I have learned that in many parts of Mexico this is a commonly used expression meaning to go to sleep:

Me voy a echar un coyotito.

¿Por qué no echas un coyotito?

Is this expression recognized outside of Mexico (or everywhere in Mexico)? Also, I am curious to learn its origin. Literally it translates into to throw a little coyote which doesn't seem to have anything to do with sleeping whatever way I look at it. What's the backstory here?

  • 2
    Definitely is not used in Spain (I don't think we have coyotes there). Are coyotes nocturnal? If so they would probably sleep during the day, and earn a reputation as "good sleepers" for those who are sleeping while the coyote is active (like owls have a reputation for being always watching or awake at night). Thus, some speakers would force "echar un coyotito" (it would actually make more sense if it was "echarse como un coyotito) for "echar una siesta".
    – Diego
    Oct 3, 2015 at 18:40
  • Sounds plausible, I'd say. But even so, echar means to throw and that doesn't make sense, does it? I mean, why would you throw a nocturnal critter in order to get a nap? hehehe
    – TheLearner
    Oct 3, 2015 at 20:48
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    Oh, maybe I didn't understand what you question was about. From the DRAE, echar entry #25 "Junto con algunos nombres, tiene la significación de los verbos que se forman de ellos o la de otros equivalentes. Echar maldiciones, maldecir; echar suertes, sortear; echar un cigarro, fumarlo; echar un sueño, dormir; echar la siesta, sestear." "Echar" can mean more that just "to throw". So, it is not only the movement of tossing or throwing something away, but to give leverage to something, start something, etc.
    – Diego
    Oct 4, 2015 at 1:25
  • 1
    Throw can be translated as "lanzar" or "echar". The first is similar to the english, the second is a bit different.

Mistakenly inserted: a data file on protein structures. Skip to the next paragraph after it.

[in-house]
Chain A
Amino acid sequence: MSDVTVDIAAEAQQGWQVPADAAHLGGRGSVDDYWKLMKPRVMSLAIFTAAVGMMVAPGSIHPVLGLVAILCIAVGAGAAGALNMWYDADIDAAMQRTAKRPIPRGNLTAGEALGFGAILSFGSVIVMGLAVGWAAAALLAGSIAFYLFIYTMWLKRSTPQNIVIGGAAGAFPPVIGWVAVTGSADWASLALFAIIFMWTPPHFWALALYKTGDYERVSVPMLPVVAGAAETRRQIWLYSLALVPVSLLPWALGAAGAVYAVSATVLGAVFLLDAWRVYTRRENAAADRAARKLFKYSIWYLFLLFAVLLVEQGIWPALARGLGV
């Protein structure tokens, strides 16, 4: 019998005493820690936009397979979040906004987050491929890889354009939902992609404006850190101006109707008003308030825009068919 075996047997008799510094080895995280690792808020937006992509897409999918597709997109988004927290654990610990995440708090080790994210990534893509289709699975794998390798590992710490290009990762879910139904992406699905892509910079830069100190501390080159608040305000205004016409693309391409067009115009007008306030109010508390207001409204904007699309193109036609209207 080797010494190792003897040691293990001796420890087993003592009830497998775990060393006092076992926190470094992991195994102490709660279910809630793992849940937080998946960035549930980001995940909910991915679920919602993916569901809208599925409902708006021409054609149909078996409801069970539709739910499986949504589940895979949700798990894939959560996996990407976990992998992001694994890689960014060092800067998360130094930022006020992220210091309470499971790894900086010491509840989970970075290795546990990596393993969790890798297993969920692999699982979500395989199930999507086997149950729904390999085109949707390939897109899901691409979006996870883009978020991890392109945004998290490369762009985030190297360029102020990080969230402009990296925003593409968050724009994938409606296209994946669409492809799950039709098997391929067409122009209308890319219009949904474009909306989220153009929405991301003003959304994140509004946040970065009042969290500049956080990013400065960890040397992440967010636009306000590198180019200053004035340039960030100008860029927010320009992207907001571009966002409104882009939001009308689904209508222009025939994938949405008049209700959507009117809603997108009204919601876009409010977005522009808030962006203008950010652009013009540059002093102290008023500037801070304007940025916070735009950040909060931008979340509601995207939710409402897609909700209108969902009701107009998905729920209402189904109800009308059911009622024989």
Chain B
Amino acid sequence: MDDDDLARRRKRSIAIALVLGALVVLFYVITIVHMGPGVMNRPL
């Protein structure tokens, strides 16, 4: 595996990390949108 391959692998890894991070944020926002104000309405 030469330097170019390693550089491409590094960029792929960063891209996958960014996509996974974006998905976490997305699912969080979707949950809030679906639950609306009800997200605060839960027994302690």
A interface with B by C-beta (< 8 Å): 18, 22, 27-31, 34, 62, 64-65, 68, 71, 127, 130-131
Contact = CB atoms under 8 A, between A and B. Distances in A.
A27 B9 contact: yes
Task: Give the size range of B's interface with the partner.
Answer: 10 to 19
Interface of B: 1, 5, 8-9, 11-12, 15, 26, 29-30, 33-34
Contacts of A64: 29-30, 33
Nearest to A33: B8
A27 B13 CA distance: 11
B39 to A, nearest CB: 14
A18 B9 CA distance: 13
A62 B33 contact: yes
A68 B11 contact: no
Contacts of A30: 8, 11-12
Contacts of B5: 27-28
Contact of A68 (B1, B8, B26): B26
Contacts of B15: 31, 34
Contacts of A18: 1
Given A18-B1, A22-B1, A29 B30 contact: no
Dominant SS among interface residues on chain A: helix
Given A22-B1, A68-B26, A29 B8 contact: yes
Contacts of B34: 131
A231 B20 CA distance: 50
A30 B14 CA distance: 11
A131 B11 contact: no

– amchacon
    Oct 6, 2015 at 10:04

3 Answers 3


You question is if this expression is recognized outside Mexico and I can say that in Colombia it is not used. From what TheLearner said it is not used in Spain either so I guess you should use more generic forms like:

me voy a echar una siesta

voy a hacer una siesta/siestecita

me voy a dormir

By the way, "echar" in this context means "to do" and not "to throw". I can imagine this one is not easy to understand for non native speakers and it is difficult also for me to explain it, but "echar" is sometimes used kind of like a reflexive, like to express something you do upon yourself or by yourself. i.e. Me voy a **echar** una comidita meaning I'm going to get myself something small to eat.


"Echarse un coyotito" means "To take a nap" just like the coyotes do during day time, but this must happen in an unconspicuos place, if you get caught you don't say "me estaba echando una siesta" you say "me estaba echando un coyotito".


I just now heard this expression used in the telenovela "La Rosa de Guadalupe", which, by the very name, very much suggests that the telenovela was made in Mexico. In the telenovela an office worker whispered to a co-worker "Me voy a echar un coyotito" and proceeded to lay his head down on his desk behind a partition OUT OF SIGHT of his bosses. So answer # 2, explaining that 'echarse un coyotito' is a Mexicanismo meaning, essentially, "to take a FURTIVE nap", is a very fitting explanation of the expression.

  • That does not really answer the question about the origins of the expression or if it is used outside Mexico.
    – mdewey
    Jan 14, 2021 at 11:22

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